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The C. J. Strike Reservoir in Southwestern Idaho offers a wealth of opportunities to enjoy nature. Formed in 1952 when a hydroelectric dam was built across the Snake and Bruneau Rivers, the impoundment grew along both rivers to a considerable distance, forming multiple pools in the canyons that the rivers flow through. Owned by Idaho Power Company, the reservoir is named for C. J. Strike, general manager of the company from 1938 to 1948. Although the reservoir at the dam isn't that extensive, several more basins with river between them provide welcoming water vistas to hikers, campers, fishermen and wildlife fans. The reservoir covers a total of about 7,500 scenic acres. Meandering across an arid landscape, both rivers cut impressive canyons over millennia, offering shelter and sustenance to early humans and a huge number of native and migratory species. The quest for electricity finally tamed the mighty Snake River. Idaho Power Company is determined to meet both the needs of their customers and serve the natural flora and fauna as generously as possible.
In a land with few lakes, the reservoirs built for hydroelectric power such as C. J. Strike offer a unique opportunity for visitors to engage in water sports such as water skiing, tubing, pontooning, wakeboarding and all of the active endeavors Lakelubbers everywhere enjoy. Kayaking, canoeing and rafting are popular along the narrower stretches of river. Few commercial businesses exist along the shores of C. J. Strike, so Idaho Power has provided four separate parks to offer easy access to those seeking the water. Three offer boat ramps, two provide swimming beaches, and one even includes a marina, boat dock and handicapped-accessible fishing dock. A variety of camping sites, walking paths and picnic areas allow everyone to access the water. For the convenience of nearby Mountain Home Air Force Base personnel, the base maintains a separate private marina that rents boats, pontoons and jet skis, along with the usual lakefront amenities. Water levels vary on a daily basis but not so far that water access is impaired.
Fishing is good at C. J. Strike Reservoir: sturgeon, yellow perch, crappie, smallmouth bass, largemouth bass, rainbow trout, bluegill and catfish are all caught. Bass tournaments are held here regularly. Rainbow trout are stocked annually in the Snake River between Shoshone Dam and C. J. Strike Reservoir, making for exciting fly fishing in the river shallows. There is even some opportunity for ice fishing during the coldest months in a few of the shallow coves of the slower-moving Bruneau River. A local bait and convenience store in the tiny town of Bruneau at the end of the Bruneau arm will gladly divulge the fishing secrets necessary to be successful, such as best bait and hottest fishing holes.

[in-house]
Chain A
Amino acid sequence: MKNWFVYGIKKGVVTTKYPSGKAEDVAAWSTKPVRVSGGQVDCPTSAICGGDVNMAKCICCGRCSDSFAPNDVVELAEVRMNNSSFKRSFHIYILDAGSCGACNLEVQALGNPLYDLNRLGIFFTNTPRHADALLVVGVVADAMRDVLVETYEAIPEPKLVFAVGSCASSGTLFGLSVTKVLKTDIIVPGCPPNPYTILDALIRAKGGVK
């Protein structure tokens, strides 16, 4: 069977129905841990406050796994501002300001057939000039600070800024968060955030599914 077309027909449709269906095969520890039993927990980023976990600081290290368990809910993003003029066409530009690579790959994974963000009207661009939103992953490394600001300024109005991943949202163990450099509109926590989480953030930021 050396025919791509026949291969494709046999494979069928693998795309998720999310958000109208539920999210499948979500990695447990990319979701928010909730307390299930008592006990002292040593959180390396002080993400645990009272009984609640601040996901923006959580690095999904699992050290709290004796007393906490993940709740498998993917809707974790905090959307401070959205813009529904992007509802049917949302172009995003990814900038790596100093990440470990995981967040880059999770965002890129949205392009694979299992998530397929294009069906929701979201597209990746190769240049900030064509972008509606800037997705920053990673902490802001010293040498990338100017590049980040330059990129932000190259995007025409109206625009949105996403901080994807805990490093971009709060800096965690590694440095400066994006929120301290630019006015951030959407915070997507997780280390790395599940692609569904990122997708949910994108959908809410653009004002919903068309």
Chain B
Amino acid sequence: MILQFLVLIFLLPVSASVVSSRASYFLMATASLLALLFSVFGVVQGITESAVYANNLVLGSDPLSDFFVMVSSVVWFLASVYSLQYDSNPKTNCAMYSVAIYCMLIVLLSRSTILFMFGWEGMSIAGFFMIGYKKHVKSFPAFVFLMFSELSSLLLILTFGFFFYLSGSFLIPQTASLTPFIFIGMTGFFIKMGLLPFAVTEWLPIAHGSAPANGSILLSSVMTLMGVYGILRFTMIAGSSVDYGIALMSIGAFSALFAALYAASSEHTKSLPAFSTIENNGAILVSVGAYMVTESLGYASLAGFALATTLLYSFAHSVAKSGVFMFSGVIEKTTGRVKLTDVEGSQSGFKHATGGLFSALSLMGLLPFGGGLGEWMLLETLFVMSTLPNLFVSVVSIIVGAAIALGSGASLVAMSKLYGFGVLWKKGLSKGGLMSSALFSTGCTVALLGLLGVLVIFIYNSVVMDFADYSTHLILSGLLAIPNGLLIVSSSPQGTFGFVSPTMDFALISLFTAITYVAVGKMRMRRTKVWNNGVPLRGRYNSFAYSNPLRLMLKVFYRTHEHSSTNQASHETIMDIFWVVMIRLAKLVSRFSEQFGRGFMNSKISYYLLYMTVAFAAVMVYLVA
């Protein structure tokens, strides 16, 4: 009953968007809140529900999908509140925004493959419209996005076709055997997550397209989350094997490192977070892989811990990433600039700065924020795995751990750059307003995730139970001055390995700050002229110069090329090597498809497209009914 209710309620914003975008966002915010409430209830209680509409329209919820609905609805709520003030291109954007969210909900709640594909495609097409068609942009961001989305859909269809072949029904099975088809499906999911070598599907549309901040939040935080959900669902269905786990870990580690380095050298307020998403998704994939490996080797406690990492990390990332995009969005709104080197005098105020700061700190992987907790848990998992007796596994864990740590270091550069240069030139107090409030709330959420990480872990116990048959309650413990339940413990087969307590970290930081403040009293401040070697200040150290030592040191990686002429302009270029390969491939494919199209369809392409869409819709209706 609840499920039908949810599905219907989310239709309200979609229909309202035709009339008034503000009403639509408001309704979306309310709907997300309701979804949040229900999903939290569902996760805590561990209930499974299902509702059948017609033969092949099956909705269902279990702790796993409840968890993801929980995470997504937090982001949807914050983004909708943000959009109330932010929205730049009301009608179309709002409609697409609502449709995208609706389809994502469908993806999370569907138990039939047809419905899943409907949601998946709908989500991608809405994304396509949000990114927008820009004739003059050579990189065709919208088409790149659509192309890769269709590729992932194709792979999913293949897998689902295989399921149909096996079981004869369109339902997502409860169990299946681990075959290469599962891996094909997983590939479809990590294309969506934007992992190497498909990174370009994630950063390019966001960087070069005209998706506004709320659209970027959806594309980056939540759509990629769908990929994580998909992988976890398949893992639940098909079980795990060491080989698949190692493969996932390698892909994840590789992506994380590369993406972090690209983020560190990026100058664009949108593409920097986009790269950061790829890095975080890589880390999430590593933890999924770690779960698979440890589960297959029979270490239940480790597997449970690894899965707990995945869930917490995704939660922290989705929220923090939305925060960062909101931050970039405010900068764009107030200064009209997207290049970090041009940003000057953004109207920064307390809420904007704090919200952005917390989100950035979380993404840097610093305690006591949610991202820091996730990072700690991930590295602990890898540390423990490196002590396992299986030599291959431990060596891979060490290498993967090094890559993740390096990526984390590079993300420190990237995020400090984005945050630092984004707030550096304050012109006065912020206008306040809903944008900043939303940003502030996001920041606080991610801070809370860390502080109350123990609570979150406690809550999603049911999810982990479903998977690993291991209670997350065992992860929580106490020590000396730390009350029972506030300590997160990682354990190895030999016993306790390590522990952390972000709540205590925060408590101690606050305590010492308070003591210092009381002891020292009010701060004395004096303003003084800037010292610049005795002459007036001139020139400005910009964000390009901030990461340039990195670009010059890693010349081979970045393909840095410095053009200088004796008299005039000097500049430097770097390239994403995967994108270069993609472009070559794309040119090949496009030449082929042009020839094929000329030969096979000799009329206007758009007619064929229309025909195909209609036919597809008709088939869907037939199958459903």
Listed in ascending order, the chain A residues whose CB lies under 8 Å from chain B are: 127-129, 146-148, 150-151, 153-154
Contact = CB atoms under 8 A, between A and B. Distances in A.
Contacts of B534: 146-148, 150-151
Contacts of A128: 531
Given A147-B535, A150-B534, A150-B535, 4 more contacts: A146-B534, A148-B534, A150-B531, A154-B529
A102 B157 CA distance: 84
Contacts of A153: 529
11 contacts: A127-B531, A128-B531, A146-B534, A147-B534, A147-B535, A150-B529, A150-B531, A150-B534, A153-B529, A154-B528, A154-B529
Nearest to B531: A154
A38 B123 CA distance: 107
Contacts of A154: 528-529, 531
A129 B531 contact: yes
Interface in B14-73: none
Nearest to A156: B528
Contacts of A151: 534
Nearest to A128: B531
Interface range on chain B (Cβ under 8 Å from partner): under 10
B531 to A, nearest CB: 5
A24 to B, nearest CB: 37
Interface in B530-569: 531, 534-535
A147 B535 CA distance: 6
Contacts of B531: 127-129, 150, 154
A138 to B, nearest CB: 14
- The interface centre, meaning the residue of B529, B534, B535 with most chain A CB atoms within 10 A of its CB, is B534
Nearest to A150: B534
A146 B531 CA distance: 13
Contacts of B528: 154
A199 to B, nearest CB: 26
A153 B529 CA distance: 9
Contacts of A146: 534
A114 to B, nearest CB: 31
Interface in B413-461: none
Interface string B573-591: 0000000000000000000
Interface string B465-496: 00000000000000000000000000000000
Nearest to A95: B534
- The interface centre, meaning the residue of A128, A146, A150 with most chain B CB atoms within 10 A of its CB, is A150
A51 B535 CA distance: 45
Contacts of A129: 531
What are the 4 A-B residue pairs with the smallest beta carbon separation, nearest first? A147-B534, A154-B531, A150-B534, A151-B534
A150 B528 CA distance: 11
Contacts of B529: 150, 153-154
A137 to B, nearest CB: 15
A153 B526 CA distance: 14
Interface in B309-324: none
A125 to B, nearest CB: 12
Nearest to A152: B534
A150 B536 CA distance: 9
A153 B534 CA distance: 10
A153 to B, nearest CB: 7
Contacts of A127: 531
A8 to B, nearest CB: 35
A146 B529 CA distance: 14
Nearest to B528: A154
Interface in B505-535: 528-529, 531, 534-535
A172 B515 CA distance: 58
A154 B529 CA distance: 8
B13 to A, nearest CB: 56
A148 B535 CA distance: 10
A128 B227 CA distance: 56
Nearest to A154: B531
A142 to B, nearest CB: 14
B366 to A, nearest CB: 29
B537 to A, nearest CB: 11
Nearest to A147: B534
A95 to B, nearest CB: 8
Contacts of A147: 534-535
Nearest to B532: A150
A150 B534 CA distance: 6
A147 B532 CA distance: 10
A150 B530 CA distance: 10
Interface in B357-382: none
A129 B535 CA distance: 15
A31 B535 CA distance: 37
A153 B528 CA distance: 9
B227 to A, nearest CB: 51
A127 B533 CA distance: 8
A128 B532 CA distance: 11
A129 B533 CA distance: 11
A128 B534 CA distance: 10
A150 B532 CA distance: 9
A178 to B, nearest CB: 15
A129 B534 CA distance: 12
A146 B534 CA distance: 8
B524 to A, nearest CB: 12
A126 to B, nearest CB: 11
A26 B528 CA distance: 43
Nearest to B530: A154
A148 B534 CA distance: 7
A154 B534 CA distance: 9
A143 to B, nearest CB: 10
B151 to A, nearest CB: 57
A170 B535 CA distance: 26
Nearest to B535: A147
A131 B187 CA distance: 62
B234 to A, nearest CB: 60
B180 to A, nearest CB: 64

The C. J. Strike Wildlife Management Area encompasses over 20,000 acres and extends 26 miles up the Snake River and 12 miles upstream on the Bruneau River, Adventurous visitors can enjoy a diverse area of habitat including wetlands, ponds and wildlife food plots along with grand vistas, soaring cliffs and numerous raptors soaring silently along the air currents of the heights. The varied landscapes of the Wildlife Management Area offer plenty of opportunity for hiking, mountain biking and horseback riding. Some areas are closed seasonally to protect waterfowl and game bird nesting areas. Parts of the WMA are open to hunting in season.
Because the valley is warmer than the surrounding areas, a number of 'half-hardy' birds winter here. Two hundred forty species of birds are known to use the C.J. Strike area annually. American white pelican, double-crested cormorant, yellow-rumped warbler and loggerhead shrike are often seen wintering here, while about 100,000 wintering and migrating waterfowl including Tundra swans and trumpeter swans can be sighted in winter and early spring. The Morley Nelson Snake River Birds of Prey National Conservation Area section of the WMA is a great place to observe the many raptors, including hawks, golden eagles, bald eagles and many types of owls. The Birds of Prey National Conservation Area is just southeast of the Bruneau Dunes State Park, a bit east of the WMA. This state park holds the tallest single-structured sand dune in North America, at 470 feet tall. The dune is a favorite for climbing, and the park offers camping, picnic area, observatory with telescopes, hiking paths and two small marsh lakes with non-motorized boat access and fishing for panfish.
Other that the tiny ranching town of Bruneau, the nearest city is Mountain Home, about 20 miles to the north. Although small, Mountain Home holds several types of lodgings, including hotels, motels and at least one bed-and-breakfast. The town also boasts a winery, golf course, farmers market and historical society museum. Rodeos are regularly scheduled near Mountain Home, a reminder that the area's history and present are both tightly tied to ranching and farming. Boise is only an hour's drive away, making C. J. Strike Reservoir an ideal getaway for a day or a weekend. Real estate is often found available in the area, although not on the reservoir itself. Few private rentals are available, but campgrounds offer cabins for non-campers. A small private resort rents campsites and a few cabins. C. J. Strike Reservoir is the perfect spot to camp, fish and explore. Come for a day, a week or even longer. It would take months to see everything there is to see at C. J. Strike Reservoir.
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